http://www.powercolor.com/eng/NewsInfo.asp?id=259

That's cool but... (2, Informative)

The Living Fractal (162153) | more than 6 years ago | (#24197433)

The R700 has dual GPUs on a single board, competes very well with nVidia, and here's the really cool part: It has nearly TWO BILLION transistors.

Re:That's cool but... (5, Funny)

fr4nk (1077037) | more than 6 years ago | (#24197597)

Somehow I don't think that those two billion transistors will be cool.

Re:That's cool but... (1)

AndrewNeo (979708) | more than 6 years ago | (#24198291)

So, it's hot!

Finally (3, Funny)

Rinisari (521266) | more than 6 years ago | (#24197445)

I can finally do the Explode open/close window Compiz effect on my 10 MP display!

Huh (4, Insightful)

colmore (56499) | more than 6 years ago | (#24197451)

I'm still rockin 512 megs and doing fine - main system I mean. Integrated graphics.

The only reason this kind of thing bothers me a bit is that I imagine it's pushing videogames further and further into the world of being 1,000 employee, NASA sized engineering projects. Rather than charming little projects that say, that husband and wife that were Sierra could do on their own and be competitive.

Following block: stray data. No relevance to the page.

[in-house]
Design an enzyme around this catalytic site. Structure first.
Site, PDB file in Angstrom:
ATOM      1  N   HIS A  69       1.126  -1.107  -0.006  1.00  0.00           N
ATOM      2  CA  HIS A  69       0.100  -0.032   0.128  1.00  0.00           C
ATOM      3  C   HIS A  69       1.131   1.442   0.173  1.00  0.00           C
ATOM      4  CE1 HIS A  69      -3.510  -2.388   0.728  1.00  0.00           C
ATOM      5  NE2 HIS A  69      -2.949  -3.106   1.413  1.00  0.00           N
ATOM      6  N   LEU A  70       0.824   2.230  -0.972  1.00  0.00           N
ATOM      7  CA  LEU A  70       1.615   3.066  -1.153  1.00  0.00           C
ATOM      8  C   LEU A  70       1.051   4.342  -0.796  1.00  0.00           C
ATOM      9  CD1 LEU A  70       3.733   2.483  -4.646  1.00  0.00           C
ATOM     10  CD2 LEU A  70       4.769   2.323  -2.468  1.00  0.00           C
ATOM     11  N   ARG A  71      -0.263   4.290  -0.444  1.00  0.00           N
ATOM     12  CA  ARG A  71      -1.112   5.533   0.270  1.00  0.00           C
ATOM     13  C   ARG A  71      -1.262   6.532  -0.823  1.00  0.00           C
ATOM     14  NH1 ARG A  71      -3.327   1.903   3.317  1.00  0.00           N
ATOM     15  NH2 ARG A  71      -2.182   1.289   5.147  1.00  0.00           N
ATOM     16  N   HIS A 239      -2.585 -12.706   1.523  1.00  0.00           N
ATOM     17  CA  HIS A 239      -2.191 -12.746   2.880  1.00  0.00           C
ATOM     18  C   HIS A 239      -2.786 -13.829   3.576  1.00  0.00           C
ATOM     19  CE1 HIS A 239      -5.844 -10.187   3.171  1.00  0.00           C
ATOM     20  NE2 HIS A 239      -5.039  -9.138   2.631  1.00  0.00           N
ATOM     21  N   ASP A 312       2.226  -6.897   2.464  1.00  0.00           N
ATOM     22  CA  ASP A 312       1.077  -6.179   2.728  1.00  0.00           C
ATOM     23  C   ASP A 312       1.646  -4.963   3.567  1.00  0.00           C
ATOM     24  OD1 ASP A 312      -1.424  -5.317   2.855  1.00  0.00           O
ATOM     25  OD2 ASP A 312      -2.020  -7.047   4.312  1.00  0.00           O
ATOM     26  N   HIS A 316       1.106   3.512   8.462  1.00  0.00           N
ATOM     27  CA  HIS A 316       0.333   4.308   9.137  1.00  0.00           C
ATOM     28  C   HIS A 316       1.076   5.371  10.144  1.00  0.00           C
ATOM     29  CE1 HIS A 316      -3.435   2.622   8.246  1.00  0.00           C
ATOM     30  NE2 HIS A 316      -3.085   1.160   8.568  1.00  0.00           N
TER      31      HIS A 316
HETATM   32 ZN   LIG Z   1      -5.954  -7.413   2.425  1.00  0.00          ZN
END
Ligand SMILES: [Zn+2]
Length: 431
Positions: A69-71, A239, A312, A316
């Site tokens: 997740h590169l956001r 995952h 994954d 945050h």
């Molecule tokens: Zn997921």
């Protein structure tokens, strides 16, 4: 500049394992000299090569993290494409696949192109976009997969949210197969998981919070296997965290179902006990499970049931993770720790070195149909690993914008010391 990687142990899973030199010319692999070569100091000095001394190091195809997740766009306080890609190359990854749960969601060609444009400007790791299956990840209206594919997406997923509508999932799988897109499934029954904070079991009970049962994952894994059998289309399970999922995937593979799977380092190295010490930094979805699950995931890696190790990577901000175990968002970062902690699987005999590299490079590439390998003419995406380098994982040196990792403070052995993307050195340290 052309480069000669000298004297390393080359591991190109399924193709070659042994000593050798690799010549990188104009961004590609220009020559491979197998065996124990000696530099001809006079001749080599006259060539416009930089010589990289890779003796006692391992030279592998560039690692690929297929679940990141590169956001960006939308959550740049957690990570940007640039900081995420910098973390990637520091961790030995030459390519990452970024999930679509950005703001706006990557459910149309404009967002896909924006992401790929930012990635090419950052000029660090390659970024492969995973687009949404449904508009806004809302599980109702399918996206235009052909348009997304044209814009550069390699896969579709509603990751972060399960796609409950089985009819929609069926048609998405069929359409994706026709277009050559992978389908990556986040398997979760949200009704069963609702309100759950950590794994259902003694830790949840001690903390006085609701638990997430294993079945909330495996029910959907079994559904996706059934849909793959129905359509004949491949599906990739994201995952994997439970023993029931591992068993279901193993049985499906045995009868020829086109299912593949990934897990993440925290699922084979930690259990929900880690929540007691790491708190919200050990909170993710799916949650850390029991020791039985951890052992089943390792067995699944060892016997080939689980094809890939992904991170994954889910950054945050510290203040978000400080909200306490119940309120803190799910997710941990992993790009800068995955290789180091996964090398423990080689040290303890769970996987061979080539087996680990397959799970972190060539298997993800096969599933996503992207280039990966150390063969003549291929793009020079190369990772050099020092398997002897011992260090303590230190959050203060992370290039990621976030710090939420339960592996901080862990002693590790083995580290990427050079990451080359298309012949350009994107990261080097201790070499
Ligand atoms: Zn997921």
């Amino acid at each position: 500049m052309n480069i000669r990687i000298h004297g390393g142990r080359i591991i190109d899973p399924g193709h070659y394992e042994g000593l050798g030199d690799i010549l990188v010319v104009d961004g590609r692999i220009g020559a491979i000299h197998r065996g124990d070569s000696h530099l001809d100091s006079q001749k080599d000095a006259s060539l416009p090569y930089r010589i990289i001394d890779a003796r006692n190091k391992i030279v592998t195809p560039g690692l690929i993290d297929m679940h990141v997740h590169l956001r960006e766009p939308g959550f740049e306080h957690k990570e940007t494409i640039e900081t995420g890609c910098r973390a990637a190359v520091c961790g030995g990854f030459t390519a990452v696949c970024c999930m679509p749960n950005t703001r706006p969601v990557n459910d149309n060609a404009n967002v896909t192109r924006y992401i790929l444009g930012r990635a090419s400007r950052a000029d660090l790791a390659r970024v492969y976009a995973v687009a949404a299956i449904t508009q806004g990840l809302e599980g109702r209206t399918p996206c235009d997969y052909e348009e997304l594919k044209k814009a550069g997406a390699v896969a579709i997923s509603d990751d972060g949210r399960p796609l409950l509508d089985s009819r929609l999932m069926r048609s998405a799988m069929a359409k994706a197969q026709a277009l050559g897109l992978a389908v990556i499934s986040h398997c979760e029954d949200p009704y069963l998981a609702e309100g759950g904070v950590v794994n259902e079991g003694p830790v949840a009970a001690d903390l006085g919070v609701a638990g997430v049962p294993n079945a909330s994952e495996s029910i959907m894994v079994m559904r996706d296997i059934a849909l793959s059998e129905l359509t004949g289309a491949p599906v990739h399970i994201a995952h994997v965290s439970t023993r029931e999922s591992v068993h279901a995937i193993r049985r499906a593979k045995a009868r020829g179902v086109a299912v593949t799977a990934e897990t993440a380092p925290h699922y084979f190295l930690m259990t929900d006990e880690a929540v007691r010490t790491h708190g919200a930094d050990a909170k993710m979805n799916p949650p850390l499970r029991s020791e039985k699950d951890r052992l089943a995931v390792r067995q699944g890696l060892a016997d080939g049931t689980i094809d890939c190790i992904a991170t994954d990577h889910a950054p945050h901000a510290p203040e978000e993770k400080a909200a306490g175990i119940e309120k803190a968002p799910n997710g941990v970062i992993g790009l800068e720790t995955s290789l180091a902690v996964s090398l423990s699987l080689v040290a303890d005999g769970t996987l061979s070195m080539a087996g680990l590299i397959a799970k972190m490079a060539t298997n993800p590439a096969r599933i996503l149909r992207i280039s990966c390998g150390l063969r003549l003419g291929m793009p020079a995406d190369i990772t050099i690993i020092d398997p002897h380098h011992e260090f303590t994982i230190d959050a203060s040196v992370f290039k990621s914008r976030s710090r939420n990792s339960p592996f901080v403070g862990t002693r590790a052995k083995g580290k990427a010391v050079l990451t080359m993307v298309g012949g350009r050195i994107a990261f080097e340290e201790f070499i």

This kind of reliance on jet-powered hardware kind of insures that the game is going to be all megacorporations working from market research.

what a load of drivel (-1)

SmallFurryCreature (593017) | more than 6 years ago | (#24197585)

Where was counterstrike developed? Thanks for playing but you failed at scaremongering.

Re:what a load of drivel (0)

Anonymous Coward | more than 6 years ago | (#24197781)

That was 9 years ago. Can you name anything as successful(from such a small team or limited resources) since? I think you just proved the OP's point.

Re:what a load of drivel (1)

thedak (833551) | more than 6 years ago | (#24197821)

Counterstrike was also developed 9 years ago. "Cruise ships are massive projects requiring robotics and the workforce of a third world country" "Where was the titanic developed?" Yeah.. it was 9 years ago, not exactly a perfect example.

Re:what a load of drivel (1, Informative)

Anonymous Coward | more than 6 years ago | (#24198031)